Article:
City Focus: Winnipeg
Located at the intersection of the Red and Assiniboine rivers, Winnipeg is the capital of the province of Manitoba. Historically a center of indigenous trade dating back long before European settlement, Winnipeg officially achieved cityhood in 1873 and today is home to over 705,000 people. Nicknamed “The Gateway to the West”, the city is a transportation hub with strong rail links served by Via Rail at Union Station for passenger rail. Freight Rail, meanwhile, is handled by the Canadian National Railway, Canadian Pacific Railway, Burlington Northern Santa Fe Manitoba and the Central Manitoba Railway.It is the only major city between Vancouver and Thunder Bay with train links directly to the United States, according to Destination Winnipeg.
Another element of Winnipeg’s role as a transportation hotspot is its air transport hub, the James Armstrong Richardson International Airport. Located on the Western outskirts of the city, Winnipeg International is Canada’s seventh-busiest airport by number of passengers, serving over 4.3mn people in 2017. In 2018, this figure rose again to 4.5mn in 2018, continuing a period of steady growth for the airport, according to a report by Global News Canada.
“The increase in traffic this summer is directly connected to the growing interest in our city and province. Winnipeg and Manitoba are where people want to be, and we are seeing more and more traffic as a result,” said Barry Rempel, President and CEO of Winnipeg Airports Authority. “WAA continues to work with our airline partners to improve service and add more destinations to connect our region to the world.” On average, Winnipeg International serves 11,000 passengers each day, and that figure is only expected to increase.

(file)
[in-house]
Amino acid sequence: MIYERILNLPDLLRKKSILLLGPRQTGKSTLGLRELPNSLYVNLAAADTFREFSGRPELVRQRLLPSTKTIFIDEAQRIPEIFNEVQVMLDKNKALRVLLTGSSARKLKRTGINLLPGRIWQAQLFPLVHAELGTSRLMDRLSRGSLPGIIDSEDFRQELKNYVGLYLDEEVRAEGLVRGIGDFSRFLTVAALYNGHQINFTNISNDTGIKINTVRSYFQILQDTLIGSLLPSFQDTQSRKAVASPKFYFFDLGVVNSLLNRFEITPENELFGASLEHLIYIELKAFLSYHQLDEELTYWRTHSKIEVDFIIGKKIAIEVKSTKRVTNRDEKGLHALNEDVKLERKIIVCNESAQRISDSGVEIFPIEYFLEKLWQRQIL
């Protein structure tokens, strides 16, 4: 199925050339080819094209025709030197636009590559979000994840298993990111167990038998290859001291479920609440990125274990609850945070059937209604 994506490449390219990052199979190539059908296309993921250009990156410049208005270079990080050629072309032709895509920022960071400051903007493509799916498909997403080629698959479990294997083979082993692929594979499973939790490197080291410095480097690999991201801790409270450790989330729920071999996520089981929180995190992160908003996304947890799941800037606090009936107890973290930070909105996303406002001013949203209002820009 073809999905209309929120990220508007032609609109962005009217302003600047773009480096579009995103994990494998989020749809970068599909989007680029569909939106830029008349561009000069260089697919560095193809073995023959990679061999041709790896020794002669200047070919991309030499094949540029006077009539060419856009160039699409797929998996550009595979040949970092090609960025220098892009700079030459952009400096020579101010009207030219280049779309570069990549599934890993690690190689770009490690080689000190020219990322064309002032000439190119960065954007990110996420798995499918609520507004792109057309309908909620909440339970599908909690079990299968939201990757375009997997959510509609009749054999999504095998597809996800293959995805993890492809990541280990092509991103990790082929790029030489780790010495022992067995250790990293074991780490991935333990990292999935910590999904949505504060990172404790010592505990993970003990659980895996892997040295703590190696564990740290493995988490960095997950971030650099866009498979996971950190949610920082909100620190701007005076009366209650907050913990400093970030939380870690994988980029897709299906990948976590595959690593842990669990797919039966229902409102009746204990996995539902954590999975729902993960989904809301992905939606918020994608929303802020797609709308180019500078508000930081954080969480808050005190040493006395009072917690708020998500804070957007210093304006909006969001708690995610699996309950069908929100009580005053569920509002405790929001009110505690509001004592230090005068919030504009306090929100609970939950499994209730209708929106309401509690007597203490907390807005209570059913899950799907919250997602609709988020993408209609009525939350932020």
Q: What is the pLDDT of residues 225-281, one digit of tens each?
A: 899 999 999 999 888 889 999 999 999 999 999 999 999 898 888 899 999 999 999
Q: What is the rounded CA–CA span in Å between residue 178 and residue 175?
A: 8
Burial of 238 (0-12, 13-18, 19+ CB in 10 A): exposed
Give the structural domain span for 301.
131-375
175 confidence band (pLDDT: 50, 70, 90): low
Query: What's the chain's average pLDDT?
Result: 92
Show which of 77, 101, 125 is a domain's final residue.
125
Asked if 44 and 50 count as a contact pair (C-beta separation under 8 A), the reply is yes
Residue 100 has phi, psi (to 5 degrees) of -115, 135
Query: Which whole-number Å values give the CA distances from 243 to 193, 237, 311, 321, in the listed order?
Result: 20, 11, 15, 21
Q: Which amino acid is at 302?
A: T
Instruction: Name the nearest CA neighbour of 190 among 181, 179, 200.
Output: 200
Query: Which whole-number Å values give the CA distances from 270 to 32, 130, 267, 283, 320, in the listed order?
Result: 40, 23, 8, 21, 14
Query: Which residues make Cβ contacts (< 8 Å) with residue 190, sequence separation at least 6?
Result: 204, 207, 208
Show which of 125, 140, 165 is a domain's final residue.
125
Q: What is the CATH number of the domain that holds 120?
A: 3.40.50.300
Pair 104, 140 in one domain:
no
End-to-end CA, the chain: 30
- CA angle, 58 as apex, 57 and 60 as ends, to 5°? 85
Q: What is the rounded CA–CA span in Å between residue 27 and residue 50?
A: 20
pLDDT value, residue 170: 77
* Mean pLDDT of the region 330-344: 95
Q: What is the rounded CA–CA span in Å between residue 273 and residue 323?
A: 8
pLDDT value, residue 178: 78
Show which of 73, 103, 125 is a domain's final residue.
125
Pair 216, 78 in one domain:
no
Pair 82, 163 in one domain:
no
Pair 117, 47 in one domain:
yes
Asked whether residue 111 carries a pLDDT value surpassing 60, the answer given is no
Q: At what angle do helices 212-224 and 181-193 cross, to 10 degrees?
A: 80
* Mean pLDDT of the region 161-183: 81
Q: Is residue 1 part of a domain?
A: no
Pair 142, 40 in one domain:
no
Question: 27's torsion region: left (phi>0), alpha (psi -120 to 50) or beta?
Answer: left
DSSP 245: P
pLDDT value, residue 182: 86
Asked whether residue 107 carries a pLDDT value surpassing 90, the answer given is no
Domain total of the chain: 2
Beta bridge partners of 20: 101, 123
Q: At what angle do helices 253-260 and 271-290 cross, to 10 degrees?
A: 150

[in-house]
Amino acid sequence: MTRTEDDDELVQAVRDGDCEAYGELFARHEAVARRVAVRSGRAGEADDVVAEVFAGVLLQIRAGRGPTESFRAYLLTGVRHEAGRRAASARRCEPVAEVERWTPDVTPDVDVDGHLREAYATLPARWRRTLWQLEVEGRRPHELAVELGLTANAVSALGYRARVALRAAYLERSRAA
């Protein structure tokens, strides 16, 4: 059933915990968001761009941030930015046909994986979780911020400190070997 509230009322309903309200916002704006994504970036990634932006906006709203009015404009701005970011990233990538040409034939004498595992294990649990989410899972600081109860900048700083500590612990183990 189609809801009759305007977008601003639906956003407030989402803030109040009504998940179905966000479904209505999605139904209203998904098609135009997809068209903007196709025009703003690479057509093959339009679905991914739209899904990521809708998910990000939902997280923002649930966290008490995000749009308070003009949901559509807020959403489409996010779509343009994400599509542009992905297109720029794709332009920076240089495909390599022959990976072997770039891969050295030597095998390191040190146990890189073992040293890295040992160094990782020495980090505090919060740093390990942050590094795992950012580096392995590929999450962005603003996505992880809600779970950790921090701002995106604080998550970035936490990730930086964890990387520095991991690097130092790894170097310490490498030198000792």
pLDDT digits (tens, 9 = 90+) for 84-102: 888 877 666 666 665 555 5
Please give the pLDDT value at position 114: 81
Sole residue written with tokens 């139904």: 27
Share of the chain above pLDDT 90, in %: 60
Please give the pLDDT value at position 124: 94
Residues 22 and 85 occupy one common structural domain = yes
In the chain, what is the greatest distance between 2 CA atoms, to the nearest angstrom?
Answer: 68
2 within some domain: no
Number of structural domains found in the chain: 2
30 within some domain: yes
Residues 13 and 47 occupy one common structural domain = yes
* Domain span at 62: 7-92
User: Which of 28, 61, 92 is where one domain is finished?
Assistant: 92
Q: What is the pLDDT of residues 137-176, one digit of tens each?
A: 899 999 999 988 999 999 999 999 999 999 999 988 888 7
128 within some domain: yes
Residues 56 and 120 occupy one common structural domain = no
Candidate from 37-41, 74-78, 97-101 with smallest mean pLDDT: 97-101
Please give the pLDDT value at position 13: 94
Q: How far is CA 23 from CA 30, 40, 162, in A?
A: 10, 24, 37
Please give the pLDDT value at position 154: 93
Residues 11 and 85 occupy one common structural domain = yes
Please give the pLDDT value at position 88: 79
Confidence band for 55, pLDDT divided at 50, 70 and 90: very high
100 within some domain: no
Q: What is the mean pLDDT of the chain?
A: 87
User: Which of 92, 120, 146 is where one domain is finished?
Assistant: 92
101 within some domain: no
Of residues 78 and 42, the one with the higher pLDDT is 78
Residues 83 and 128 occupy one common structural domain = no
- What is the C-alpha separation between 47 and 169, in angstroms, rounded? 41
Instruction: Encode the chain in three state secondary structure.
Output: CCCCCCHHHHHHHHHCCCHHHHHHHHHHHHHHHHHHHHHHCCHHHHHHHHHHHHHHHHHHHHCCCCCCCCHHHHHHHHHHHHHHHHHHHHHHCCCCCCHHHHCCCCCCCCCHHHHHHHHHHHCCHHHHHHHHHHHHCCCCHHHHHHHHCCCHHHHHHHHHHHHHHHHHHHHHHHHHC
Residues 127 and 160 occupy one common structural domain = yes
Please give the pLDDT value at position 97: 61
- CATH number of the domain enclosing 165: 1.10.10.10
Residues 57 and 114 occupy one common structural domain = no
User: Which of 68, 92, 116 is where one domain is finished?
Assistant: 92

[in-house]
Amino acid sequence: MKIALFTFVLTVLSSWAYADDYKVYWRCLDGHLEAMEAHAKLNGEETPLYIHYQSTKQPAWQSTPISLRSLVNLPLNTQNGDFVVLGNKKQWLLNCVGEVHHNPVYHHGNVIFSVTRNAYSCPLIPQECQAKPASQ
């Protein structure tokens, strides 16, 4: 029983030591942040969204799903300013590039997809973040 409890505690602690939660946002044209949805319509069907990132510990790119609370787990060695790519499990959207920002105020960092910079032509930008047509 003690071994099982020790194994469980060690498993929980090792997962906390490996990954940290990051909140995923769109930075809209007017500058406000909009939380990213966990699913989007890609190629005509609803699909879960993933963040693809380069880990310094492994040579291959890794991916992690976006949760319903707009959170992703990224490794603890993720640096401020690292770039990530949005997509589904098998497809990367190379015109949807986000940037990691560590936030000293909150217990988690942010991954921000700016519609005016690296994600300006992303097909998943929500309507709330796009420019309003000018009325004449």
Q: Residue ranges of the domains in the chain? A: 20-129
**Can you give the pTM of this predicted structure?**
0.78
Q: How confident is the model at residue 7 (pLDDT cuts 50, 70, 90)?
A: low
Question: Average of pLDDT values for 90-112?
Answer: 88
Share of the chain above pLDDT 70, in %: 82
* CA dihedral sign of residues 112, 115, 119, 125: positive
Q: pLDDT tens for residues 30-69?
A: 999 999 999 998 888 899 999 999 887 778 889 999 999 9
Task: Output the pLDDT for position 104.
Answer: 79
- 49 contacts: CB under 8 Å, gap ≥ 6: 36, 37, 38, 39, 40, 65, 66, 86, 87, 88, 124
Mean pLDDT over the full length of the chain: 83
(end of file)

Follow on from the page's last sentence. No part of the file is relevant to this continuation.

Additionally, Winnipeg International is the number one airport in Canada for dedicated freighter flights, keeping goods flowing efficiently and building on the city’s reputation as a transportation and logistics hub. All told, the Winnipeg Richardson International Airport has a CA$3.4bn economic benefit and supports over 17,000 jobs in and around the city.
Winnipeg International is not content to become one of the country’s biggest air hubs; it is also determined to be one of Canada’s smartest. Winnipeg International is one of a small group of Canadian airports to incorporate biometrics-enabled primary inspection kiosks into its border control process. According to a report by Biometric Update, Winnipeg, alongside select pilot programs in Toronto, Quebec and Hamilton, has implemented self-service, fingerprint-enabled kiosks for use by biometrically enrolled foreign nationals and permanent residents.
Biometric-enabled kiosks that automate the border clearance process are scheduled to be phased-in at all major Canadian airports throughout 2019. Its position as a leading player in the initiative should help Winnipeg International process its growing passenger base at an even greater speed.